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Workin the World The 4 month trip that lasted 5 years .. all the adventures from Workers final year o/s and the trip back to Oz.

Running Through the South of France

FRANCE | Tuesday, 14 August 2007 | Views [1616]

It became a race against time, as darkness descended with over 100k’s to go and the campsite closing at 9pm things were looking good for sleeping in the car, that was until I realised that Hamish could do in excess of 160k’s/hr. The best thing about driving in Europe is the fact there seems to be no speed limit, now I have driven on the Autobahn in Germany where cars speed past you like you are standing still, despite doing 150k/h, however that trend seems to be the same everywhere. There appears to be no road traps and there are certainly no police, so when you see a sign saying 100k to your next destination it is sometimes only 40mins away, magic!

Arriving in Avignon at 8.50pm we had snuck in with 10 minutes to spare (we should have stopped for that beer as I suggested!), by the time we had negotiated a tent space using our best French (even though the guy behind the counter spoke perfect English) it was dark, which would make for some interesting erection activity (one reason I enjoy camping is the flagrant use of the word erection that accompanies it). It would also seem our friend had put our tents in quite possibly the worst site available, quite an achievement for a campsite consisting of ant hills and rock hard dust on which to erect your tents, so we figured why rush, it will be a lot more interesting to attempt, not only in the dark, but also after a few beers … waking the next morning I was not surprised to note I had managed to put the tent in a patch of nettles.

Avignon is a beautiful town, situated on the Rhone River it was the Papal home from 1309 to 1377 when the church was run out of Rome, as a result there is a heavily fortified old town, complete with protective wall and tight cobbled streets, and a mini Vatican left as a reminder (what takes some countries hundreds of years to complete the Catholic Church managed to do in well under 70 … money much???). Avignon is also home to the famous Pont D’Avignon, one of the longest bridges in Europe until it fell into the Rhone and is now immortalised in the famous nursery rhyme (so famous I don't actually know it). We spent a couple of relaxing days here, wandering the streets, eating cheese and baguettes on the river, drinking red wine, basically taking in all the delights on offer in Provonce.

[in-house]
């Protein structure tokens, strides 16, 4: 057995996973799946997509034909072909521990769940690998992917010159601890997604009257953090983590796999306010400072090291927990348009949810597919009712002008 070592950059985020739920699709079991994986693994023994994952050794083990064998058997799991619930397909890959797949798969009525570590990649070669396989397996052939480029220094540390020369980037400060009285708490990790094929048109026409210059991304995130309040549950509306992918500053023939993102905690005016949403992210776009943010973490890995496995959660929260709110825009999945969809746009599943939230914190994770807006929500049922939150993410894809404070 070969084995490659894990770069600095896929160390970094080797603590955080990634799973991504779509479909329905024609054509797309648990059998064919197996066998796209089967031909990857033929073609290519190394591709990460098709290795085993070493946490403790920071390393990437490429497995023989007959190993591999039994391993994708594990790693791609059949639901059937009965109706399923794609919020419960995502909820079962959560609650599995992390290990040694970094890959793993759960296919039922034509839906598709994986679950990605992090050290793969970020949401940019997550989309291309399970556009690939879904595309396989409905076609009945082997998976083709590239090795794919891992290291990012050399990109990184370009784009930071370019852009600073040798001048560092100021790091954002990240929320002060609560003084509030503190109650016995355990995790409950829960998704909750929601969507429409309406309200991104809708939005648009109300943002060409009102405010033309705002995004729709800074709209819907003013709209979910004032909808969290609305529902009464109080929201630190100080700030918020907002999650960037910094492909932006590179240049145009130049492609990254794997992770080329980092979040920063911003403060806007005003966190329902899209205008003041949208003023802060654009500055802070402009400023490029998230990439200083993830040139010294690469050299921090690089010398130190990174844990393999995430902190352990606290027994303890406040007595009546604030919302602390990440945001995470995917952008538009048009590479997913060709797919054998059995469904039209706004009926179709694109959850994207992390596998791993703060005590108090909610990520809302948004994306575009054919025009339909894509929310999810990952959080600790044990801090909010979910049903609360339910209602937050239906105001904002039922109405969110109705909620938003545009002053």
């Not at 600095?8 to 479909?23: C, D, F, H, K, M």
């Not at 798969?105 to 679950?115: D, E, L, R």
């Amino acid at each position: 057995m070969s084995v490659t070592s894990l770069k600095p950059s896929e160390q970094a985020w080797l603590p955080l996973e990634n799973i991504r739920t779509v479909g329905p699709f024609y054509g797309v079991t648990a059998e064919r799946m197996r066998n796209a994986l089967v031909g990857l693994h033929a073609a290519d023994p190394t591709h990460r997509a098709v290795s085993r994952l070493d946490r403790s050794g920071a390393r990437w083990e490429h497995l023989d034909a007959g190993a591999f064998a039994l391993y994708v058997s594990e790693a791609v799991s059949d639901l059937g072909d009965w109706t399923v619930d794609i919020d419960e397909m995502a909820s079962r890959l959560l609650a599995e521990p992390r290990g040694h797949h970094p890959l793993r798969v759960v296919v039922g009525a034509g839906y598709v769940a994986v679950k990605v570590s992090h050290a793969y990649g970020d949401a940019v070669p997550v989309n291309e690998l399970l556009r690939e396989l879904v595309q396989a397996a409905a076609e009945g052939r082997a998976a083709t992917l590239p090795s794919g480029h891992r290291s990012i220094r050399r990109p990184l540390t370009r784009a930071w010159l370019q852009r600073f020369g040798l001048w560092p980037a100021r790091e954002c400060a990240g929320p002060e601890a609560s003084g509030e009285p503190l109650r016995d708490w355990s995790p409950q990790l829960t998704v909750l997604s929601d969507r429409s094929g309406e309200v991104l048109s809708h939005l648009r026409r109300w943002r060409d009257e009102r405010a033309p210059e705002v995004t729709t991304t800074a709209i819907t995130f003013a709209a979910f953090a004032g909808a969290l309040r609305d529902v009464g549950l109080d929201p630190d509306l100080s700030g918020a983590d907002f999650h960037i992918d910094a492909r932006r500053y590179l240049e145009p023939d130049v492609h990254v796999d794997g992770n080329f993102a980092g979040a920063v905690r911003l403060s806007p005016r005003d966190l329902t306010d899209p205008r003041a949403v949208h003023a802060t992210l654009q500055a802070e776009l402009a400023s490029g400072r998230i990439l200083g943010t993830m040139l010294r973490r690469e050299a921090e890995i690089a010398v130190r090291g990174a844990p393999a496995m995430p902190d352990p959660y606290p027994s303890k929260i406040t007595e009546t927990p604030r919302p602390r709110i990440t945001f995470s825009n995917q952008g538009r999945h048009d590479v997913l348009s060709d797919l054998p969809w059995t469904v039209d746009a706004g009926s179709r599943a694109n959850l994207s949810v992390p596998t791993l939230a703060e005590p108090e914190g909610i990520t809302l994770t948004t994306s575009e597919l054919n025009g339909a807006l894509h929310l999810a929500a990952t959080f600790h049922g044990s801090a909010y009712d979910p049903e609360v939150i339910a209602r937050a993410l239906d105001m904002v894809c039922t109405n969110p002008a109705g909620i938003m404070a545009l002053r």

Our next stop on the run was Arles, a town I visited when I first left home by pure accident that turned out to be one of those rare places you stumble across, where you can easily return, lucky as that is exactly what I was about to do. Arles is famous for a few things, the Roman amphitheatre, which is still in use for bull fighting and featured in the film Ronin starring Robert De Niro, however, it was largely put on the map by Vincent Van Gough, via his paintings and being the town where he was committed after chopping his ear off and mailing it to a friend as a result of too much absythne consumption. Vincent (that’s what he prefers to be called by his mates) spent the latter part of his life painting in Arles, including the famous Café by Night, The Bedroom, The Hospital Gardens and the self-portrait with the bandage around his head. In fact there is a self-guided tour available, which marks out each of these paintings (and others) and you are able to stand in the very spot he painted. Now I am no art aficionado but I know what I like and the impressionists are it, so to have the opportunity to eat in the actual Night Café (and take a few of the table cloths as a memento), stand in the hospital gardens and climb on the wooden bridge upon which the old women were crossing is pretty special. Fortunately Arles also remains off many tourist routes so it is not too over run by large bus groups, though it can be a docking point for the wealthy who spend their summer cruising up the Rhone drinking wine and lounging in their on deck spa as we cheese baguette eating paupers wave them by. If you do ever get to the south of France however, definitely take the time to come and see Arles, in fact if you are not pressed for time, you could easily spend days here eating good food and drinking wine whilst writing your memoirs.